Third Week of Lent | Kevin Trowbridge

Psalm 119:97-120
Jeremiah 8:18-9:6
Romans 5:1-11
John 8:12-20

Twelve years ago I was “dating” a young lady whom I had known since college. Our acquaintance had grown into a friendship, and our friendship had just been redefined as something “more than friendship.” As I considered what that “more” might look like, it became obvious I wanted to spend the rest of my life with her. Consequently, I knew my life was about to change. I could no longer think about my own self-interests as I dreamed about the future and decided how to invest my resources.

As we allow ourselves to grow in a relationship with another person, sacrifices are inevitable. But the motivation for our sacrifices demands reflection. Sometimes we sacrifice because we want the relationship so badly. We give time, energy, affection and even finances in hopes that the relationship will flourish. More often than not, those are the relationships that are built on unrequited sacrifice, and they rarely last. On the flip side are those relationships characterized by mutual love and reciprocal sacrifice.

For nearly a month we’ve been observing Lent, a season characterized by purposeful fasting, penitence and prayer. Whether it’s a sacrifice of a self-indulgent pleasure or our time for more intentional prayer, meditation and Bible study, it’s important to remember that our Lenten sacrifices do not result in a relationship with God. Instead, our sacrifices result from the relationship that we have through Jesus Christ, our Savior.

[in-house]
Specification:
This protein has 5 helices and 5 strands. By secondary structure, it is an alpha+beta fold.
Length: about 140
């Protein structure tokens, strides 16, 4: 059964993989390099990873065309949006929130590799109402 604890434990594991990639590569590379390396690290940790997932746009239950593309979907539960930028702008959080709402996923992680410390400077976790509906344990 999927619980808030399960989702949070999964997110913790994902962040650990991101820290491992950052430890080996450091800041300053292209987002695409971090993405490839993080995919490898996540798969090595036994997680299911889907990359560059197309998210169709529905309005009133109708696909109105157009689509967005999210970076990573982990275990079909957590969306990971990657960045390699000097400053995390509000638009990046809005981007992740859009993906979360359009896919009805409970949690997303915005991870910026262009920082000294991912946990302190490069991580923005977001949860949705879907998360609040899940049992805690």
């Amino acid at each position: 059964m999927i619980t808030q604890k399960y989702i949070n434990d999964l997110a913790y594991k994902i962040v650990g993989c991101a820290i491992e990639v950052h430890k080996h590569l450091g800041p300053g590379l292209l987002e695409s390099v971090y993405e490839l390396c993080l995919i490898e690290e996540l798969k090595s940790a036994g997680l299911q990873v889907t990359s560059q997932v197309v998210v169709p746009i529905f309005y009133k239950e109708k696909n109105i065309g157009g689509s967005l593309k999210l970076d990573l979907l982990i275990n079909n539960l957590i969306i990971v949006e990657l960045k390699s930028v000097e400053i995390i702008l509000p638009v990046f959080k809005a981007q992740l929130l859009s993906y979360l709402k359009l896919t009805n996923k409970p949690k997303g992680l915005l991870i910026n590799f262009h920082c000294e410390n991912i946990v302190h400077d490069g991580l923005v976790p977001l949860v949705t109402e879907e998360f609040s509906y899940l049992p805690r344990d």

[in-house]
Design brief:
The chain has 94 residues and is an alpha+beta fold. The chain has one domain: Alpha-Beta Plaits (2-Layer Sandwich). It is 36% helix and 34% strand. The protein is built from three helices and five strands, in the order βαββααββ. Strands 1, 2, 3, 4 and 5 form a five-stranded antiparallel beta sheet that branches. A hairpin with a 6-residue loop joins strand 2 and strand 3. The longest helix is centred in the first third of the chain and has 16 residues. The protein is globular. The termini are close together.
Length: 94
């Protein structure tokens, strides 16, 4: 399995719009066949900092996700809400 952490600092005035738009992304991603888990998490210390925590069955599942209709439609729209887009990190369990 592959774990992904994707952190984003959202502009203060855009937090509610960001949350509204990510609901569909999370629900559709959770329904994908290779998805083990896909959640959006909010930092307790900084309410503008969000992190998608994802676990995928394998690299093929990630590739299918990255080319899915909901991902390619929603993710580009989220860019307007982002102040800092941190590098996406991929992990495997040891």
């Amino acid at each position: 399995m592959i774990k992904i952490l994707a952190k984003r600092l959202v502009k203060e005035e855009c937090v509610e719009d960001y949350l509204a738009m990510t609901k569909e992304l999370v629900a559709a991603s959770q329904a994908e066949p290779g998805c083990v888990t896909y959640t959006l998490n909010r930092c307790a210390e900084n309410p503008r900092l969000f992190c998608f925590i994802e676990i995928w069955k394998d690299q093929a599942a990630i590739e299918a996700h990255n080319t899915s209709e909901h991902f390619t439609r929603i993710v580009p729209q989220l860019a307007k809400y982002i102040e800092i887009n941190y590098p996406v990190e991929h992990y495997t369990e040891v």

The Apostle Paul wrote, “Because of our faith, Christ has brought us into this place of undeserved privilege” (Romans 5:2a). There is absolutely nothing we can do to make us worthy of a relationship with God. In fact, the Bible is an amazing love story of God’s pursuit of a relationship with us—one that is possible only because of Jesus’ ultimate sacrifice on the cross.

My pastor recently shared a poignant truth: Surrender always precedes salvation. The sacrifice of surrender—the simple belief that we can’t do it, but He’s already done it—is the only thing we must do for a relationship with God. And because of that relationship, we have the privilege to sacrifice and obey.

It’s been a joy to sacrifice because of the relationship I have with my best friend to whom I proposed on Good Friday 12 years ago. Even more, there is indescribable joy in the sacrifices that result from my 30-year relationship with the Lord.

Instructor, Public Relations



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